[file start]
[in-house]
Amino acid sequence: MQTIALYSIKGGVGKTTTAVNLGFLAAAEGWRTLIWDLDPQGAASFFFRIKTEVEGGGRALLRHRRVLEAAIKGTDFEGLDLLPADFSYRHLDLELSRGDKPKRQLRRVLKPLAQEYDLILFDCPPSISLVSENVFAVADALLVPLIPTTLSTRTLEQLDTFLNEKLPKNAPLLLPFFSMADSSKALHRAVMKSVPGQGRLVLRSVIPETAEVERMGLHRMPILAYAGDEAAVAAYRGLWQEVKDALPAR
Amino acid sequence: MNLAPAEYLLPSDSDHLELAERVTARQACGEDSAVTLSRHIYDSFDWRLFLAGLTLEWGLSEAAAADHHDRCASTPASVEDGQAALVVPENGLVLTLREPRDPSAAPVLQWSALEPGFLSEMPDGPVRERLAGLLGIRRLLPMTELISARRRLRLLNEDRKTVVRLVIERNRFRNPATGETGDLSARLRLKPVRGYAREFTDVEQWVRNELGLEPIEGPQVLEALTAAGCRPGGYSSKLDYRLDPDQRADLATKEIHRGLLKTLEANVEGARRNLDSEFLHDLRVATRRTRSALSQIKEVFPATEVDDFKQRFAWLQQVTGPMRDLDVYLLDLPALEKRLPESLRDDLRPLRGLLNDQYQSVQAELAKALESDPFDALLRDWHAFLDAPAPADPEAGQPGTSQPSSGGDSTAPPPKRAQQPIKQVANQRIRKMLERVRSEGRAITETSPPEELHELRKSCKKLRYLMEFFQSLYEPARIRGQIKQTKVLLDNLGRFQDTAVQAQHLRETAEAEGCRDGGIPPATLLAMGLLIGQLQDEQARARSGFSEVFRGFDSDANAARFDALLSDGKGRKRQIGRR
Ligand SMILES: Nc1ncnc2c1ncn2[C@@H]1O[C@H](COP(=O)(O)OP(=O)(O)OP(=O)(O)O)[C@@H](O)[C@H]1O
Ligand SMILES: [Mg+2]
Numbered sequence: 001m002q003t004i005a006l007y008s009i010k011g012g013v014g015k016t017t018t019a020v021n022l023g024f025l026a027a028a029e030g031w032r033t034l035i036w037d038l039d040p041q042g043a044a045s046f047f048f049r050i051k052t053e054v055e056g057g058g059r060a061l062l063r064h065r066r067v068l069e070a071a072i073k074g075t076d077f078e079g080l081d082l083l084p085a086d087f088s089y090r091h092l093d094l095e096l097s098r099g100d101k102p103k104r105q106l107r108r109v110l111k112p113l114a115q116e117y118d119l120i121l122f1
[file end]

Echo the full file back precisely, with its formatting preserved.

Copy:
[in-house]
Amino acid sequence: MQTIALYSIKGGVGKTTTAVNLGFLAAAEGWRTLIWDLDPQGAASFFFRIKTEVEGGGRALLRHRRVLEAAIKGTDFEGLDLLPADFSYRHLDLELSRGDKPKRQLRRVLKPLAQEYDLILFDCPPSISLVSENVFAVADALLVPLIPTTLSTRTLEQLDTFLNEKLPKNAPLLLPFFSMADSSKALHRAVMKSVPGQGRLVLRSVIPETAEVERMGLHRMPILAYAGDEAAVAAYRGLWQEVKDALPAR
Amino acid sequence: MNLAPAEYLLPSDSDHLELAERVTARQACGEDSAVTLSRHIYDSFDWRLFLAGLTLEWGLSEAAAADHHDRCASTPASVEDGQAALVVPENGLVLTLREPRDPSAAPVLQWSALEPGFLSEMPDGPVRERLAGLLGIRRLLPMTELISARRRLRLLNEDRKTVVRLVIERNRFRNPATGETGDLSARLRLKPVRGYAREFTDVEQWVRNELGLEPIEGPQVLEALTAAGCRPGGYSSKLDYRLDPDQRADLATKEIHRGLLKTLEANVEGARRNLDSEFLHDLRVATRRTRSALSQIKEVFPATEVDDFKQRFAWLQQVTGPMRDLDVYLLDLPALEKRLPESLRDDLRPLRGLLNDQYQSVQAELAKALESDPFDALLRDWHAFLDAPAPADPEAGQPGTSQPSSGGDSTAPPPKRAQQPIKQVANQRIRKMLERVRSEGRAITETSPPEELHELRKSCKKLRYLMEFFQSLYEPARIRGQIKQTKVLLDNLGRFQDTAVQAQHLRETAEAEGCRDGGIPPATLLAMGLLIGQLQDEQARARSGFSEVFRGFDSDANAARFDALLSDGKGRKRQIGRR
Ligand SMILES: Nc1ncnc2c1ncn2[C@@H]1O[C@H](COP(=O)(O)OP(=O)(O)OP(=O)(O)O)[C@@H](O)[C@H]1O
Ligand SMILES: [Mg+2]
Numbered sequence: 001m002q003t004i005a006l007y008s009i010k011g012g013v014g015k016t017t018t019a020v021n022l023g024f025l026a027a028a029e030g031w032r033t034l035i036w037d038l039d040p041q042g043a044a045s046f047f048f049r050i051k052t053e054v055e056g057g058g059r060a061l062l063r064h065r066r067v068l069e070a071a072i073k074g075t076d077f078e079g080l081d082l083l084p085a086d087f088s089y090r091h092l093d094l095e096l097s098r099g100d101k102p103k104r105q106l107r108r109v110l111k112p113l114a115q116e117y118d119l120i121l122f1